you would need to re home them if they survive not being eaten by the angels.
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post #5 of 8 Old 11-20-2009, 07:15 AM
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agreed you are fine with the load as long as you keep up with it..... another option to help you would be add a filter i like to run a second filter (submersible) to keep up with the bioload... but you are all good:)

Back in the Game!!! Live Bearers in a 40 Breeder
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post #6 of 8 Old 11-20-2009, 01:40 PM
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Quote:
Originally Posted by bearwithfish View Post
agreed you are fine with the load as long as you keep up with it..... another option to help you would be add a filter i like to run a second filter (submersible) to keep up with the bioload... but you are all good:)
With respect I must disagree with the issue of more filters helping. The waste produced by fish remains in the tank until it is removed with a partial water change. There is no filter that can remove this, and the more filters makes no difference. Additional filters will clear the water more, but that is different from cleaning the water.

Plants do filter out waste, but it takes a lot of plants and very few fish for this to be significant.

I've written extensively on this topic recently in a couple of other threads, and there is an excellent series of articles in the November and December (2009) issues of TFH that sets out the scientific data.
My comments are set out in post #21 in this thread if you're interested in the details:
http://www.tropicalfishkeeping.com/f...changes-31952/

Byron.

Byron Hosking, BMus, MA
Vancouver, BC, Canada

The aquarist is one who must learn the ways of the biologist, the chemist, and the veterinarian. [unknown source]

Something we all need to remember: The fish you've acquired was quite happy not being owned by you, minding its own business. If you’re going to take it under your wing then you’re responsible for it. Every aspect of its life is under your control, from water quality and temperature to swimming space. [Nathan Hill in PFK]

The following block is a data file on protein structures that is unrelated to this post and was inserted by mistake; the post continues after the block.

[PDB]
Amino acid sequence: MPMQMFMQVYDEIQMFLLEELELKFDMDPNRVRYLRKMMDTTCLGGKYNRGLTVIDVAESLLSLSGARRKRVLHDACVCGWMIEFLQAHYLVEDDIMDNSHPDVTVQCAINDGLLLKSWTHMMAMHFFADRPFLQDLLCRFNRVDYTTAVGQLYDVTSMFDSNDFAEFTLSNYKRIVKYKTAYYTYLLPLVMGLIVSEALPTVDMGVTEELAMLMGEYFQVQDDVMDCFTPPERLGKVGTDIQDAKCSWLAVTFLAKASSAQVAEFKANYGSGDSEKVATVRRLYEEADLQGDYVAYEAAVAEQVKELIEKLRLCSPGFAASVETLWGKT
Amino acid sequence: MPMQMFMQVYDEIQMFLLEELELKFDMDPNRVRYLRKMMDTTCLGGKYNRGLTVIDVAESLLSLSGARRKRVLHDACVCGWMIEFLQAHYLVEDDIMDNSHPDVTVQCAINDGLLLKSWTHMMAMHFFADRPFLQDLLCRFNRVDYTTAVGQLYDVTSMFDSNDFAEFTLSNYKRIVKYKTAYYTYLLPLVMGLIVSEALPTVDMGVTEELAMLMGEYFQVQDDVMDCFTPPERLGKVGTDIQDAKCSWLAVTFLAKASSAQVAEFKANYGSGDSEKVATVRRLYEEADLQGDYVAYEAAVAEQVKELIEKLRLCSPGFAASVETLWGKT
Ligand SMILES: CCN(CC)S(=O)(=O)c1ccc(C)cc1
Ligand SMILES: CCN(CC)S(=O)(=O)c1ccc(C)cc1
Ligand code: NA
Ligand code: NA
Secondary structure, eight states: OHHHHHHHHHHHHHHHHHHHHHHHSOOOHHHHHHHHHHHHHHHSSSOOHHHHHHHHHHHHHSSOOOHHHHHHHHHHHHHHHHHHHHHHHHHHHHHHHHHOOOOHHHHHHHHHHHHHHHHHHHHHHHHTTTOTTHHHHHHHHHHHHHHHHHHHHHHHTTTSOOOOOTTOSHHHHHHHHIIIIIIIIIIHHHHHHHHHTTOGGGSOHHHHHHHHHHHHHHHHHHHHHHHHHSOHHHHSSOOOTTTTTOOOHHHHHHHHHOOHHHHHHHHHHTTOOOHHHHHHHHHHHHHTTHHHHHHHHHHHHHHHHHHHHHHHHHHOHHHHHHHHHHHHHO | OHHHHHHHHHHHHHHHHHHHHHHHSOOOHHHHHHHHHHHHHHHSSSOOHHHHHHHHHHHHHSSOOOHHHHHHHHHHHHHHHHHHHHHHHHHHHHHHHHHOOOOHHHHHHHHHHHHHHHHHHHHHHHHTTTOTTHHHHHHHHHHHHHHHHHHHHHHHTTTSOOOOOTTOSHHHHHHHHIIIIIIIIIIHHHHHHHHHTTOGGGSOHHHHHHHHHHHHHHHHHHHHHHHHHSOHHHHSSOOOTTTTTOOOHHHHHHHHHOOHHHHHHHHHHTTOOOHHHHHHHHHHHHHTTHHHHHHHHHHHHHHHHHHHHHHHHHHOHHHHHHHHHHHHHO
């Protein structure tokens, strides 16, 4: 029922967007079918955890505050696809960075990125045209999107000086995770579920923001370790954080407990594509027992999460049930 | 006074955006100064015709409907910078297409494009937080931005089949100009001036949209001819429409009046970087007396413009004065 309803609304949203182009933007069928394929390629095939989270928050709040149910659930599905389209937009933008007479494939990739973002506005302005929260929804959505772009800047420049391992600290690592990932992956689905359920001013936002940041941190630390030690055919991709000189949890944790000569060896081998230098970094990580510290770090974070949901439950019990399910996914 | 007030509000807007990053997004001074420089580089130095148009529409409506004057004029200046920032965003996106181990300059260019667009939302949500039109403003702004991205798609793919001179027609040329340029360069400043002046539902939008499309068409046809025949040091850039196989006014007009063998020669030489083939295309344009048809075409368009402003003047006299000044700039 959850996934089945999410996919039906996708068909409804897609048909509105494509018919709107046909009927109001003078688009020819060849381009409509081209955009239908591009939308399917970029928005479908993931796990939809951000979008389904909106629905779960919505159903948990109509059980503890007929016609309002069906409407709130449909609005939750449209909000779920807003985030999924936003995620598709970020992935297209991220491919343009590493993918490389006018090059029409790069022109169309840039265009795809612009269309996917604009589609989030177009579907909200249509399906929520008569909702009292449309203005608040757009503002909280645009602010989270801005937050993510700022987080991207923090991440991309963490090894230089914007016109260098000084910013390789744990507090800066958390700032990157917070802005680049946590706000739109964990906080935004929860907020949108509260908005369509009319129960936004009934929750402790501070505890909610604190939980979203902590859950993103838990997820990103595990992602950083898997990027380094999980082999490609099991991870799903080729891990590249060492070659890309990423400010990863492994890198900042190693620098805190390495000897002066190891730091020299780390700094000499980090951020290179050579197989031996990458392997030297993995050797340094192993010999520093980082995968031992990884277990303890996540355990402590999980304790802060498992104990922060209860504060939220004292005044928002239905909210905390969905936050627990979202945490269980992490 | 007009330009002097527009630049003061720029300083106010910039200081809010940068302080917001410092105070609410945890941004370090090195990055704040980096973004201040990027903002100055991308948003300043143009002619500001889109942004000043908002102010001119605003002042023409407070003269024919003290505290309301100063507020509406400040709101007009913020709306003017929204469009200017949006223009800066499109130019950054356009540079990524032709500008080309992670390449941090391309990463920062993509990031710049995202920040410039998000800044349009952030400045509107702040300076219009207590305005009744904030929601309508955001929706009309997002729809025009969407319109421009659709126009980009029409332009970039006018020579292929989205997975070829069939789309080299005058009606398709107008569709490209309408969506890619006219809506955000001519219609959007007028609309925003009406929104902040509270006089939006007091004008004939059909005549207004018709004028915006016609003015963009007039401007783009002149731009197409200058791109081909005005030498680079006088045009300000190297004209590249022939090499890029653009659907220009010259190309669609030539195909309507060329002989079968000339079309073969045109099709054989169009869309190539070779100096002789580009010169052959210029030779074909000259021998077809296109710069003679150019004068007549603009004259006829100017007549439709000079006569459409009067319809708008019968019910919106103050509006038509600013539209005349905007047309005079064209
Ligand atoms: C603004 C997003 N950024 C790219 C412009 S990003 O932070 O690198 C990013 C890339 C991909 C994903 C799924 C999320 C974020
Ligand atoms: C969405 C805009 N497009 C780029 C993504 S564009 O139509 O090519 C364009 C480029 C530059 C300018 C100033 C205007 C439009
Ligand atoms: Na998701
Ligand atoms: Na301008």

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post #7 of 8 Old 11-20-2009, 01:47 PM
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duly noted, however, i was referring to extra biological filtration to keep Ammonia under control. i am reading the post you sent in a moment as i am always willing to learn more and after reading many of your posts agree that you are exceptionally knowledgeable.. thank you for pointing me in the right direction.....

Back in the Game!!! Live Bearers in a 40 Breeder
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post #8 of 8 Old 11-20-2009, 04:40 PM Thread Starter
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Whew, I really didn't want to bring them back, they seemed to REALLY get along with the existing red wags... I think I got some females. I've been looking into getting a 55g, and that will be tough finding a spot for in my house. Worst case I'll find them a good home when the angels get bigger.
If they reproduce... Well, I'll have to find them a home or get a 20g, I'd rather not keep them as dinner for the rest.